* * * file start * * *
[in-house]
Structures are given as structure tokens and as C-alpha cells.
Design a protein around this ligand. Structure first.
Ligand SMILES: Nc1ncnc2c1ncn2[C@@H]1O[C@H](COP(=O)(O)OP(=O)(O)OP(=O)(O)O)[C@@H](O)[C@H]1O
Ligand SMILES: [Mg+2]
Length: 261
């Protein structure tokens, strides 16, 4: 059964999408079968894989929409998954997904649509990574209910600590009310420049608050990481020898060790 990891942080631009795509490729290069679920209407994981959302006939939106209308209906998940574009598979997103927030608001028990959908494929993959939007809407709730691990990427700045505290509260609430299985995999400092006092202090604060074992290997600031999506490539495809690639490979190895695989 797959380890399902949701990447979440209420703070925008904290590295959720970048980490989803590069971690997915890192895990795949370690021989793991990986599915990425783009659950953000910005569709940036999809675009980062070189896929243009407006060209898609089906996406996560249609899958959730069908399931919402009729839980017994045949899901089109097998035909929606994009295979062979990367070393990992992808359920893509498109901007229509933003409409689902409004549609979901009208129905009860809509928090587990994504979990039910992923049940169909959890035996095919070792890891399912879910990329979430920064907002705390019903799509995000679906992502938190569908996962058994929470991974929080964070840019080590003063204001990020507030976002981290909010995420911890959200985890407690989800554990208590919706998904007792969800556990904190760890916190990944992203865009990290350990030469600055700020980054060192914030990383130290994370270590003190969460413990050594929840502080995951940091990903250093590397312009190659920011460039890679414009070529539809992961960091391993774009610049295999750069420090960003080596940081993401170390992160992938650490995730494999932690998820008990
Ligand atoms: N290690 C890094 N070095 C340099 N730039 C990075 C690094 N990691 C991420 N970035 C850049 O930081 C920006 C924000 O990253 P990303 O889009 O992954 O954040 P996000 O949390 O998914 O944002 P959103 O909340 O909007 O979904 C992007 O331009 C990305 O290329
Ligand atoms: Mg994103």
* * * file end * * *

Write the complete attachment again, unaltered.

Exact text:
[in-house]
Structures are given as structure tokens and as C-alpha cells.
Design a protein around this ligand. Structure first.
Ligand SMILES: Nc1ncnc2c1ncn2[C@@H]1O[C@H](COP(=O)(O)OP(=O)(O)OP(=O)(O)O)[C@@H](O)[C@H]1O
Ligand SMILES: [Mg+2]
Length: 261
């Protein structure tokens, strides 16, 4: 059964999408079968894989929409998954997904649509990574209910600590009310420049608050990481020898060790 990891942080631009795509490729290069679920209407994981959302006939939106209308209906998940574009598979997103927030608001028990959908494929993959939007809407709730691990990427700045505290509260609430299985995999400092006092202090604060074992290997600031999506490539495809690639490979190895695989 797959380890399902949701990447979440209420703070925008904290590295959720970048980490989803590069971690997915890192895990795949370690021989793991990986599915990425783009659950953000910005569709940036999809675009980062070189896929243009407006060209898609089906996406996560249609899958959730069908399931919402009729839980017994045949899901089109097998035909929606994009295979062979990367070393990992992808359920893509498109901007229509933003409409689902409004549609979901009208129905009860809509928090587990994504979990039910992923049940169909959890035996095919070792890891399912879910990329979430920064907002705390019903799509995000679906992502938190569908996962058994929470991974929080964070840019080590003063204001990020507030976002981290909010995420911890959200985890407690989800554990208590919706998904007792969800556990904190760890916190990944992203865009990290350990030469600055700020980054060192914030990383130290994370270590003190969460413990050594929840502080995951940091990903250093590397312009190659920011460039890679414009070529539809992961960091391993774009610049295999750069420090960003080596940081993401170390992160992938650490995730494999932690998820008990
Ligand atoms: N290690 C890094 N070095 C340099 N730039 C990075 C690094 N990691 C991420 N970035 C850049 O930081 C920006 C924000 O990253 P990303 O889009 O992954 O954040 P996000 O949390 O998914 O944002 P959103 O909340 O909007 O979904 C992007 O331009 C990305 O290329
Ligand atoms: Mg994103």